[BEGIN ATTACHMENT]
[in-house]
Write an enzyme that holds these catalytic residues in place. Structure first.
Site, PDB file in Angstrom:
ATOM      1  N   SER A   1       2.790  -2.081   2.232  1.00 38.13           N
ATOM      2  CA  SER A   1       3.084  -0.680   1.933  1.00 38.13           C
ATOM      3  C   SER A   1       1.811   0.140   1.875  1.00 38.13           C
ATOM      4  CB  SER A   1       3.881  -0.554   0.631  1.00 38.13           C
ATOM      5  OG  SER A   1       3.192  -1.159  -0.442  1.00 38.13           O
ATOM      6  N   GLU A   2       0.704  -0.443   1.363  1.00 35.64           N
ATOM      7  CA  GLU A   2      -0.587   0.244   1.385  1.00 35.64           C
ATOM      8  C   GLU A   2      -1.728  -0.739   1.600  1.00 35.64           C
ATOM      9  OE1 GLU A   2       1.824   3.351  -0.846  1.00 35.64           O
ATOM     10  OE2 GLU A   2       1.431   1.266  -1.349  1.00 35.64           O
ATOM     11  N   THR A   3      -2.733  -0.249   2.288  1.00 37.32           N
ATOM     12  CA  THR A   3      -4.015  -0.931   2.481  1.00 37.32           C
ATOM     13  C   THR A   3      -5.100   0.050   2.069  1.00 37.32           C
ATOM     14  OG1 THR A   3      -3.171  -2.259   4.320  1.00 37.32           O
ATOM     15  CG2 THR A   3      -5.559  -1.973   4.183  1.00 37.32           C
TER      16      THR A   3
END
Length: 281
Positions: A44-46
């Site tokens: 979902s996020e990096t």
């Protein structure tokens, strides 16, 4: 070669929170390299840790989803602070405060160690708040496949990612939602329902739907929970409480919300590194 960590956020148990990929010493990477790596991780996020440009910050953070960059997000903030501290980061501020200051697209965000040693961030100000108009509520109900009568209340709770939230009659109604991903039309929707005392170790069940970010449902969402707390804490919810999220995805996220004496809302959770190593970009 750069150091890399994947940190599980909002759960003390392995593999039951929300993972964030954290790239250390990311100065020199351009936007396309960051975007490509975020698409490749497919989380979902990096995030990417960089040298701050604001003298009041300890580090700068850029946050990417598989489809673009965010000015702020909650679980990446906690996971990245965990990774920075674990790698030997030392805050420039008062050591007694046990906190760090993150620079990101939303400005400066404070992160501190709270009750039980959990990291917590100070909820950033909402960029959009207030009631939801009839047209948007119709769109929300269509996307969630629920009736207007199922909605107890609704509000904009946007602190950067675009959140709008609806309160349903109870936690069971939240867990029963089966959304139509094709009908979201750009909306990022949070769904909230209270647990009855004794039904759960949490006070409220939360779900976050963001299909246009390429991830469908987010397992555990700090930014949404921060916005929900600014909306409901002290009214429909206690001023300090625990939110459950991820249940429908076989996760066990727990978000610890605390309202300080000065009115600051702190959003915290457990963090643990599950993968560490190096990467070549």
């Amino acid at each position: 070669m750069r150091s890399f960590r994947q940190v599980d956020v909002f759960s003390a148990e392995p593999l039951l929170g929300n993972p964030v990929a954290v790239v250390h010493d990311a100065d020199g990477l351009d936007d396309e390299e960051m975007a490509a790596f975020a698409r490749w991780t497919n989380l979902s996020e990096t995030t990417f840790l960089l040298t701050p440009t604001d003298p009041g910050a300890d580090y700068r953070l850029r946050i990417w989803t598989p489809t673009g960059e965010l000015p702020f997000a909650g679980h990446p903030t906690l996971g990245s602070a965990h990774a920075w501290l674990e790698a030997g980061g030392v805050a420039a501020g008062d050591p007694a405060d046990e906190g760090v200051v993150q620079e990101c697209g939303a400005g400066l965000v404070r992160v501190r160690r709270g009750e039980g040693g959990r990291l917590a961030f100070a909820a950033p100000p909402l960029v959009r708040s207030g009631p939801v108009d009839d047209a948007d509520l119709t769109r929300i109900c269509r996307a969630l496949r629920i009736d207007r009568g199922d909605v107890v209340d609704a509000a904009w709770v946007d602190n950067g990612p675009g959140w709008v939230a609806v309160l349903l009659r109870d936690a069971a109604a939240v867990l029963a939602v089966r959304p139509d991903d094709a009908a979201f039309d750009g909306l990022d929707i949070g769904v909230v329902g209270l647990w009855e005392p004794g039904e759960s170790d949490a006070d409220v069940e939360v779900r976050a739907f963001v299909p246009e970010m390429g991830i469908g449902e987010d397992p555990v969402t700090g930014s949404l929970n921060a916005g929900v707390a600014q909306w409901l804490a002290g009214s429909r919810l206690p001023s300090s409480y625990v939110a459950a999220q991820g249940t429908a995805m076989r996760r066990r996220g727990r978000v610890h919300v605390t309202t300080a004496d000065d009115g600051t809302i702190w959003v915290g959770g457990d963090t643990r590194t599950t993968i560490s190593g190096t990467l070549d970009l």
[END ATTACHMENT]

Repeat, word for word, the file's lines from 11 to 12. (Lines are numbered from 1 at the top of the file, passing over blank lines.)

ATOM      8  C   GLU A   2      -1.728  -0.739   1.600  1.00 35.64           C
ATOM      9  OE1 GLU A   2       1.824   3.351  -0.846  1.00 35.64           O